Washington DC : Managing Director of the International Monetary Fund (IMF) Christine Lagarde has resigned and is awaiting confirmation to take over as the new President of European Central Bank (ECB).
Lagarde was the French Finance Minister ahead of her appointment to IMF in 2011. Lawmakers in the European Parliament confirmed her selection along with those of Ursula von der Leyen as European Commission President, Al Jazeera reported.
Lagarde will formally step down on September 12. She is widely expected to continue Mario Draghi’s policy of loose monetary controls at the ECB. Draghi served as the President of ECB since 2011. His term is scheduled to end on October 31.
Analysts predict that markets are looking forward to seeing whether the ECB will continue its unconventional monetary policy and Lagarde has the capacity to lead the ECB in new monetary policy innovations if needed as Draghi did.
There are concerns that despite leading the IMF for the past eight years, Lagarde is a relative newcomer to the intricacies of ECB and will likely take time before marking her own role.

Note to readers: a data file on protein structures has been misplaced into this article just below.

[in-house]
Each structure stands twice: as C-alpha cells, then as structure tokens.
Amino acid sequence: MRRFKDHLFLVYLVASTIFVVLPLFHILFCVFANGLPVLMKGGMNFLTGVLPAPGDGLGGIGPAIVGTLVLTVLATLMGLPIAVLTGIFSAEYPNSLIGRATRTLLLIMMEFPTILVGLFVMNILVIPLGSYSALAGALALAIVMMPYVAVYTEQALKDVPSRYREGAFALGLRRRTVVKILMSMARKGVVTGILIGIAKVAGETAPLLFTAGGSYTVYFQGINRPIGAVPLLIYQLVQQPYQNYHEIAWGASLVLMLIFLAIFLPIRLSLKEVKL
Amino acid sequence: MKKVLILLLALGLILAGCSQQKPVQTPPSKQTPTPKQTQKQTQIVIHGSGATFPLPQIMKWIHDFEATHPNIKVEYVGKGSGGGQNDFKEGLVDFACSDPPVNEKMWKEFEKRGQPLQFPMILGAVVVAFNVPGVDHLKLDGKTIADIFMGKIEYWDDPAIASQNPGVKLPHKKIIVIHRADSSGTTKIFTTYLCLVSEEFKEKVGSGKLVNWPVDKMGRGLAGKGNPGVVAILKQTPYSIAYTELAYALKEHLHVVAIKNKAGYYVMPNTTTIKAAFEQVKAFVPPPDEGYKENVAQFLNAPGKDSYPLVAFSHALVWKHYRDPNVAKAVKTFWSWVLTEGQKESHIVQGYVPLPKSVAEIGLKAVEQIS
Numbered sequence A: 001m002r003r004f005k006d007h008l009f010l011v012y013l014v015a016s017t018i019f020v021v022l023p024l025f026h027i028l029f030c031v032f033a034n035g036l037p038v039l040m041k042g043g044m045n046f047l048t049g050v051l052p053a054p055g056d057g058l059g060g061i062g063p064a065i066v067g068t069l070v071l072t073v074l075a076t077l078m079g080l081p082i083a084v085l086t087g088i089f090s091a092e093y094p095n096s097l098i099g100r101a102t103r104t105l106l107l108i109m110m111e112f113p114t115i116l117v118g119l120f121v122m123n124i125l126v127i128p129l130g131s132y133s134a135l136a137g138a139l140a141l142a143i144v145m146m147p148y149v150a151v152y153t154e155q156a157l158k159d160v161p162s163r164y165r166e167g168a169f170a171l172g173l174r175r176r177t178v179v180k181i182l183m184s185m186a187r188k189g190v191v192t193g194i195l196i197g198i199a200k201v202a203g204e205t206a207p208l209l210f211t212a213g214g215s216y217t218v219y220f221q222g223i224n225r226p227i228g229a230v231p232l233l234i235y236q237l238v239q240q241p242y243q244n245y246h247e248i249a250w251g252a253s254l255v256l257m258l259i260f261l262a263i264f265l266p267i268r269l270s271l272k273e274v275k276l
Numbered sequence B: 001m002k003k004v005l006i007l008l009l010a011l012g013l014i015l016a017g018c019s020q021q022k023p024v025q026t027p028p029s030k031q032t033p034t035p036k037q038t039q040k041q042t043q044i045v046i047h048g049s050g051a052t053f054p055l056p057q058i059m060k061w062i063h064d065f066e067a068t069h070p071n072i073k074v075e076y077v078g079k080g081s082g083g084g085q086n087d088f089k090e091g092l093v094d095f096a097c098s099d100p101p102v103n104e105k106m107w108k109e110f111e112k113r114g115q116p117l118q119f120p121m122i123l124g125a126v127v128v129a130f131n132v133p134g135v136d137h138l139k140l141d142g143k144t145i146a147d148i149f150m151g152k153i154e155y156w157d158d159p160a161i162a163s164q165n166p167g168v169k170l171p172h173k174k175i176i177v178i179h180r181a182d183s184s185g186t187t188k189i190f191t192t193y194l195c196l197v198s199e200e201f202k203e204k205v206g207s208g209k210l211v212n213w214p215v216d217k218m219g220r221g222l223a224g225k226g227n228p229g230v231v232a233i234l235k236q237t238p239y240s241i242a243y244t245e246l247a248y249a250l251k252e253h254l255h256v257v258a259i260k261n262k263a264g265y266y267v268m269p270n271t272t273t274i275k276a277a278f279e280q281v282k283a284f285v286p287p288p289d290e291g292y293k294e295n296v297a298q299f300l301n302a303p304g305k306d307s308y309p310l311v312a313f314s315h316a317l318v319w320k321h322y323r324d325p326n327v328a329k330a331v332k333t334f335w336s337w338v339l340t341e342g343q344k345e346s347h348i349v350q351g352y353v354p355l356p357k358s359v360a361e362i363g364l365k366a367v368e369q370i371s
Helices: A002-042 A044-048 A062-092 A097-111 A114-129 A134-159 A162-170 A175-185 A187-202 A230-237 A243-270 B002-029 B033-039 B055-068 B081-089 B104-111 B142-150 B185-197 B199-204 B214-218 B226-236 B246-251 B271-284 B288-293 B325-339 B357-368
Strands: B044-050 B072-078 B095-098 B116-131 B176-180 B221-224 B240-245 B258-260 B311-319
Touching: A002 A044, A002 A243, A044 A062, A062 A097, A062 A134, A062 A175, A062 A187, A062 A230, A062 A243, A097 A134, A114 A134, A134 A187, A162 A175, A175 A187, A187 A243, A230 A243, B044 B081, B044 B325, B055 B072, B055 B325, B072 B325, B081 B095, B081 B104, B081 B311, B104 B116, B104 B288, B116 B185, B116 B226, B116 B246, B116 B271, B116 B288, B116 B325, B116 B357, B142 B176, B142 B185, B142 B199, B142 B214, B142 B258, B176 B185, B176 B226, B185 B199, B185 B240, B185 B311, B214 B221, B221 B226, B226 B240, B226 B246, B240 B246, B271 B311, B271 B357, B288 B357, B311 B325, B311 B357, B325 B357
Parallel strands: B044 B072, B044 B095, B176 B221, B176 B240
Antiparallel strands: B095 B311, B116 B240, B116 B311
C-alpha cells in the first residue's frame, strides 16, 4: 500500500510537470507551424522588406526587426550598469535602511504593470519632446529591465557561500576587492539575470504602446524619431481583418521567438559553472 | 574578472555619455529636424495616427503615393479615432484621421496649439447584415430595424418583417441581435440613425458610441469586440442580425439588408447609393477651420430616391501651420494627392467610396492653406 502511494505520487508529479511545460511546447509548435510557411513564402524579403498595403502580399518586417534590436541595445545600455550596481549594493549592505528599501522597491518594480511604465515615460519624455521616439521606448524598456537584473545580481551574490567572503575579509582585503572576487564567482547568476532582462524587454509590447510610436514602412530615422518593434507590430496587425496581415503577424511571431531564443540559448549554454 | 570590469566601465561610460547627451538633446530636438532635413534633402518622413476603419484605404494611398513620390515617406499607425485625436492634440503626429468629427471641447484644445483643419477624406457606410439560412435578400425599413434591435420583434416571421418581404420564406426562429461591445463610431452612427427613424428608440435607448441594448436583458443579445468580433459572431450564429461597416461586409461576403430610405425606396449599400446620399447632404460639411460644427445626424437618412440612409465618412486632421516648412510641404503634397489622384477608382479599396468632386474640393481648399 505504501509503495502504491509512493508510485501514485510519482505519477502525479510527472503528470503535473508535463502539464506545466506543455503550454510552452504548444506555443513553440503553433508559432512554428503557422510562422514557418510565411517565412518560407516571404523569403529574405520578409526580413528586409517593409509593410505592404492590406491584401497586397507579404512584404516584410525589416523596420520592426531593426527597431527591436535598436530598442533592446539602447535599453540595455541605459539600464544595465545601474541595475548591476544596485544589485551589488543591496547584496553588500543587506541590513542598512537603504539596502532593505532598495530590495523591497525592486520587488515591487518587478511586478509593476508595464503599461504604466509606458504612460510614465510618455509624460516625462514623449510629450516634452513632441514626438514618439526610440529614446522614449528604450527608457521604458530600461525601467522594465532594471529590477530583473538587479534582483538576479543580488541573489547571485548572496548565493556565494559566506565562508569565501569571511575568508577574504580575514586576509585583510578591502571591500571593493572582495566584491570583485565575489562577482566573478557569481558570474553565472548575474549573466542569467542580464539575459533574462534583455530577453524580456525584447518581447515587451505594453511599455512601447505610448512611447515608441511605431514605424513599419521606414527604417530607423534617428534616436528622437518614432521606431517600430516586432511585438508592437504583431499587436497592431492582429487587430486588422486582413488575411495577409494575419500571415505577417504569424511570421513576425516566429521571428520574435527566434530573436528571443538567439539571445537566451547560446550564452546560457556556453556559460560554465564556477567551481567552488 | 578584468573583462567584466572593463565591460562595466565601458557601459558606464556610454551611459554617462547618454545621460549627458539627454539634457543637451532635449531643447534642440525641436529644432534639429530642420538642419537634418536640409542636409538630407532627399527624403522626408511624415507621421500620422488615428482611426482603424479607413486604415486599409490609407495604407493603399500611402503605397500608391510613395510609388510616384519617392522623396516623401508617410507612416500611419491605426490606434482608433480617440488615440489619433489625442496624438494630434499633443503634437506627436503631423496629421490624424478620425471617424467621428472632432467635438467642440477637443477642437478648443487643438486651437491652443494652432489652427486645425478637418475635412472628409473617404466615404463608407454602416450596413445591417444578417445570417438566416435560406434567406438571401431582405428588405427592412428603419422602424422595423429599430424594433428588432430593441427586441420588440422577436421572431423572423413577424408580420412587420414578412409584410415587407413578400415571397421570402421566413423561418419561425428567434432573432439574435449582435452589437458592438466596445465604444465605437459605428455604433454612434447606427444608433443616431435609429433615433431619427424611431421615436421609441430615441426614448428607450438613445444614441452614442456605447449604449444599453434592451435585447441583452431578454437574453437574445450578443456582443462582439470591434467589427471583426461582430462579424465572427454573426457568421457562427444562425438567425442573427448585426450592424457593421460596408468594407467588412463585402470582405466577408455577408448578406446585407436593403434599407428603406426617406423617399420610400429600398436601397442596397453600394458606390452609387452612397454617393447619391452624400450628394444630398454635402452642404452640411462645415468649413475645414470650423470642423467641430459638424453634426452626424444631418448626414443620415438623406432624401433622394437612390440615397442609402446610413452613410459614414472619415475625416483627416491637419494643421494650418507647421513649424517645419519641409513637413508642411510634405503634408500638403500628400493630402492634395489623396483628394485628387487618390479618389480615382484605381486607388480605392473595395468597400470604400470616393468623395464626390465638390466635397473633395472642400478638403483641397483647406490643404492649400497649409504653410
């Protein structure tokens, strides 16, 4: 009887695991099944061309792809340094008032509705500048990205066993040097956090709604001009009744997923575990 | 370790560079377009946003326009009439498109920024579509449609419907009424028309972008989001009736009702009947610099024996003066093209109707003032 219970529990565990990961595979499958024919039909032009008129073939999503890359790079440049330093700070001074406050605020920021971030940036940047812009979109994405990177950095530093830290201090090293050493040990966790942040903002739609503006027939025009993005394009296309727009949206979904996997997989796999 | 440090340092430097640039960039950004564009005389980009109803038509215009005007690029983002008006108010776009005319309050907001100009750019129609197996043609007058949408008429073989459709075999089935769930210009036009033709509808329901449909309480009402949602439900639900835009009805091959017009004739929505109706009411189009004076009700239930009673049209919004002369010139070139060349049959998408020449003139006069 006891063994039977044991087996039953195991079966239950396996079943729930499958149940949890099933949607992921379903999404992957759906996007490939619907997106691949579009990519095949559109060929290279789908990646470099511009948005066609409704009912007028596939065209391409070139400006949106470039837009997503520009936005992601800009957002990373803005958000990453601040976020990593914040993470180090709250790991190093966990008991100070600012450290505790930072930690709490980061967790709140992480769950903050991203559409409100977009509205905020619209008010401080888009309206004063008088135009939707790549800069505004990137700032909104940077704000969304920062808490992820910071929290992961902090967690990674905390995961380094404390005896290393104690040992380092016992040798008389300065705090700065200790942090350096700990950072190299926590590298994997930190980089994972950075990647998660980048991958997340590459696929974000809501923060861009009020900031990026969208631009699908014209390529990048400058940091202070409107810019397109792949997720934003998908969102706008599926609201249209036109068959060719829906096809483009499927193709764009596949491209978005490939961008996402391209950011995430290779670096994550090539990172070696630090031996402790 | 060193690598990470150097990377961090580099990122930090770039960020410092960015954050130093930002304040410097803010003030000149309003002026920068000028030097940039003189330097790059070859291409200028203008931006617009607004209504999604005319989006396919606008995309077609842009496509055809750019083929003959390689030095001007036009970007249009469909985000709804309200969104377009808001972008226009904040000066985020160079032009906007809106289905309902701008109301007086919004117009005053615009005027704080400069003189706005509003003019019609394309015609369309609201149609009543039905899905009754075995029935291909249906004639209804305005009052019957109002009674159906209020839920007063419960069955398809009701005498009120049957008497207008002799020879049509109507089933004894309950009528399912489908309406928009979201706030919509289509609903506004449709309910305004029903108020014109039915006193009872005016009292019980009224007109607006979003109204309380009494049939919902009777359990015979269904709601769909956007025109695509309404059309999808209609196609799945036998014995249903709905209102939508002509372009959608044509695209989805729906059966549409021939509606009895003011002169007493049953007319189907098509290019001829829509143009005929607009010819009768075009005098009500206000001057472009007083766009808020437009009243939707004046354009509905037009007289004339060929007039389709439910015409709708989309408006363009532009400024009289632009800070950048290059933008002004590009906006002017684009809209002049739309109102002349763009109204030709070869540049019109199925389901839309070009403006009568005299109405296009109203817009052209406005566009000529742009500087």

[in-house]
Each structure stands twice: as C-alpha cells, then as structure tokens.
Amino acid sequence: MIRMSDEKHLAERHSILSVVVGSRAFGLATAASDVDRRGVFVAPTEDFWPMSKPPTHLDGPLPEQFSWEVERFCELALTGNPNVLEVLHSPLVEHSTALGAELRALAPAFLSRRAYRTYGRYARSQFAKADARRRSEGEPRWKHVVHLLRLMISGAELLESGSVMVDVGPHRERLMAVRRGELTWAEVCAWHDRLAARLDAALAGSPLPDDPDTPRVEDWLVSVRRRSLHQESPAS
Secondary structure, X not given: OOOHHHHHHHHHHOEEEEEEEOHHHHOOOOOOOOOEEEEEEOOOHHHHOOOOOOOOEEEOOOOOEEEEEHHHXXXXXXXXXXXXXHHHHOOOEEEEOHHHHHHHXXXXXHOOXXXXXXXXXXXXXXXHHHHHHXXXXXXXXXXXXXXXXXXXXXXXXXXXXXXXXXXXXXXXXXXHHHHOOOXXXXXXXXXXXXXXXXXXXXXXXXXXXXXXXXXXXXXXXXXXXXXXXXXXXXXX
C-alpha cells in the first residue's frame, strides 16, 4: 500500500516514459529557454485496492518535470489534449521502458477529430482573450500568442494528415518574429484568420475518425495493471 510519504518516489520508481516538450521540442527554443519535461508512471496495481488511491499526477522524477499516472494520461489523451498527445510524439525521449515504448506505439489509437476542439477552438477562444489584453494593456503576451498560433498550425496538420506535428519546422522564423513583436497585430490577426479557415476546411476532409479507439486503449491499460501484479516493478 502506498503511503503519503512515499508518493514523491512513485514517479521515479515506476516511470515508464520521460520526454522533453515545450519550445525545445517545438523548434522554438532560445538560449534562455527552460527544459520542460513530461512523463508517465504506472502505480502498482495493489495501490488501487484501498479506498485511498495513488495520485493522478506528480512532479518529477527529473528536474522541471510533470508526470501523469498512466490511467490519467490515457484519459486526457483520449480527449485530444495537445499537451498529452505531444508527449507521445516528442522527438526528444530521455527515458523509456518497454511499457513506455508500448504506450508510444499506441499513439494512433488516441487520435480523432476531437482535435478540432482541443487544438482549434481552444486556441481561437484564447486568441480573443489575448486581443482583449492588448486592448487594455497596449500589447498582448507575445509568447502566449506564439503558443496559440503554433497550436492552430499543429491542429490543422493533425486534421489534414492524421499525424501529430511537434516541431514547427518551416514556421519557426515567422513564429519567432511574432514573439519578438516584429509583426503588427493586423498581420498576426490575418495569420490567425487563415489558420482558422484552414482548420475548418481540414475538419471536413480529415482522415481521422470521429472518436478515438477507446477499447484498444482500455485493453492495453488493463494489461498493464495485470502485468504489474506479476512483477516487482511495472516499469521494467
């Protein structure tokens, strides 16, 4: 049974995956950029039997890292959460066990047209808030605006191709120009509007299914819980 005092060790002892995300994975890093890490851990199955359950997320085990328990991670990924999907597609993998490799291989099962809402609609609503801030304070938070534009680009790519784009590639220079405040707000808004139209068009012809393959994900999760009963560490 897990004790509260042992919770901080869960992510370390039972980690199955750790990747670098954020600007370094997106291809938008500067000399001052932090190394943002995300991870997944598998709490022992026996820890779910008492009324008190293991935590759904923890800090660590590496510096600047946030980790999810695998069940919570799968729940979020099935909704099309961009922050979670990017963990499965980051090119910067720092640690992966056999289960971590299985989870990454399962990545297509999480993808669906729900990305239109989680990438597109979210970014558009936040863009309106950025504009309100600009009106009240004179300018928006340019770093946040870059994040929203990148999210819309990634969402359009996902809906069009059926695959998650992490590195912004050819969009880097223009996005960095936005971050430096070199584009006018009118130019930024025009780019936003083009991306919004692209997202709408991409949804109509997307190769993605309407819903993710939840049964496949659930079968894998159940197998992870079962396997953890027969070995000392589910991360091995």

“There are concerns about her not being an economist, not having monetary policy experience,” Professor Michele Chang of the College of Europe told Al Jazeera in a recent interview.
“People are going to be looking for her to have her own perspective on that and not only relying on the monetary policy experts around her, like Philip Lane (the Irish Chief Economist of ECB),” Chang added.
“Jobs like the ECB presidency will need more technical capacity than that of the IMF job, but she has shown herself to be an excellent leader of a multinational economic organisation,” the professor said.
The IMF is a global money lending organisation consisting of 189 countries and working to foster global monetary cooperation, secure financial stability, facilitate international trade, promote high employment and sustainable economic growth, and reduce poverty around the world.